The lovingly recreated backgrounds over which Teshigahara lingers provide a compendium of the cultural details of the time. In addition to the rituals of the tea ceremony, we observe the casting of the ‘wabi’ ceramics used for tea, with their emphasis on rough, natural forms; a Noh drama representing Hideyoshi’s triumphs; and the art of Ikebana, or flower arranging, about which Teshigahara evidently knew so much. Other incidentals include the startling fashion for the cosmetic blackening of teeth.
Of the two films, I definitely preferred Teshigahara’s Rikyu, perhaps aided by its non-Italianate dialogue and helpful subtitling. It has to be said that the American dvd release treats the film in contemptible fashion, shrinking it to a panned and scanned travesty of the director’s original framing and passing us off with a notably faded and low quality print. There’s really no excuse for such shoddy treatment these days, other than inherent cheapness and lack of regard for both artist and viewer. Poor bloody show.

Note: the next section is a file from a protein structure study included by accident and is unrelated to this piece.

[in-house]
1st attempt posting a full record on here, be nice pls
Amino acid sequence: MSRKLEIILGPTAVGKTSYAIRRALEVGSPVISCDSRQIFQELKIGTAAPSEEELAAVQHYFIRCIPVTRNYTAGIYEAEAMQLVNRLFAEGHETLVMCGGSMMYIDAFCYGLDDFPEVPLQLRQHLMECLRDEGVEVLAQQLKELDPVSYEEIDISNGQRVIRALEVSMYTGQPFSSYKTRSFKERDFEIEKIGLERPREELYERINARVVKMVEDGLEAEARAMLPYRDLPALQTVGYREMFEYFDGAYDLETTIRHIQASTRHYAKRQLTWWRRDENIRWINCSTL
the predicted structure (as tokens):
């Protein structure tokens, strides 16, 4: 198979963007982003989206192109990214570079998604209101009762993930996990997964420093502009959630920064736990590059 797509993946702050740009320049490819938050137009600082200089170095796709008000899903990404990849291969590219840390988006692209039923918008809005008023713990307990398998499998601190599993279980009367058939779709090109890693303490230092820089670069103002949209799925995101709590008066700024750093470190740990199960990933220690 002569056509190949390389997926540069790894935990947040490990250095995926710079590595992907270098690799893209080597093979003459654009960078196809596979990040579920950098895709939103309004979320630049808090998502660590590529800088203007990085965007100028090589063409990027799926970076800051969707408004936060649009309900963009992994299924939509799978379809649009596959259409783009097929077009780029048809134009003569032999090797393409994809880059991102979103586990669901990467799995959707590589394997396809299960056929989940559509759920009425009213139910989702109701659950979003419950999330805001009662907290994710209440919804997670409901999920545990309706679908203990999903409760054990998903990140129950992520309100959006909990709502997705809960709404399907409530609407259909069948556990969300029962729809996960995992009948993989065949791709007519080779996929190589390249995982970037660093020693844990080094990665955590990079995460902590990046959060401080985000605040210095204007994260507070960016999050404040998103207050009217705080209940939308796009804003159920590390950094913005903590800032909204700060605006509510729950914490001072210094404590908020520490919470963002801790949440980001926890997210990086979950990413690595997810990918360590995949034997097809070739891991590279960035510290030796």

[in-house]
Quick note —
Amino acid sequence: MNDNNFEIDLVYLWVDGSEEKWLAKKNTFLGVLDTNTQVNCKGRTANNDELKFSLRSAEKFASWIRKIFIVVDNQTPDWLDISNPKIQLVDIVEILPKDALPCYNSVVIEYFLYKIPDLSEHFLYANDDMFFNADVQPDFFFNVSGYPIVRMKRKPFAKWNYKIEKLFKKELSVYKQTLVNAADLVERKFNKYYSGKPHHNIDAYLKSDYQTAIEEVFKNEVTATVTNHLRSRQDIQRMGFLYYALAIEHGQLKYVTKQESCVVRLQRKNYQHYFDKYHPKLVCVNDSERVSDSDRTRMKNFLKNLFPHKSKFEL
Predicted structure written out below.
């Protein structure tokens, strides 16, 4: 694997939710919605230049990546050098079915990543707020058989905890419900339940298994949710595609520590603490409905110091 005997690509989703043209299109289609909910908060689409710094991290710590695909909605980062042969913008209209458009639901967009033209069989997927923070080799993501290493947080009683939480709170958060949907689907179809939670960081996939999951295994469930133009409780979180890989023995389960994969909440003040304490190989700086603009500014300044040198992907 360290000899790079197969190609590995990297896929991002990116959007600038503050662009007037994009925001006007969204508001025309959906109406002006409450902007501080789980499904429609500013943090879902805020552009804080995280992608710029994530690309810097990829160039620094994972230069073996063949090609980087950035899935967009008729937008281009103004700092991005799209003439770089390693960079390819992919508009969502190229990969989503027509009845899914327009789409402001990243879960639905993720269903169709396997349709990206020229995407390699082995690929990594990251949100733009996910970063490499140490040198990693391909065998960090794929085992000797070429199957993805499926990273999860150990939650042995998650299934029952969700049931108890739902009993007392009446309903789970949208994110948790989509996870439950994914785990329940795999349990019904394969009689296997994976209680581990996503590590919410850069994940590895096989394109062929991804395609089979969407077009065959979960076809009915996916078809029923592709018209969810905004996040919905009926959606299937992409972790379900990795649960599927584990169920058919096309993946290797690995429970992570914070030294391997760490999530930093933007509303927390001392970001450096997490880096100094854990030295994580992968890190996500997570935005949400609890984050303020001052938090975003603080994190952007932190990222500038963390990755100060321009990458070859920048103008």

We leave Rikyu in both films wandering off into the beyond. Mifune passes into the world of the clouds, the cries of his disciple dwindling into the distance, whilst Mikuni walks purposefully through a bamboo grove, it’s boles seemingly floating in mid-air. Just passing through.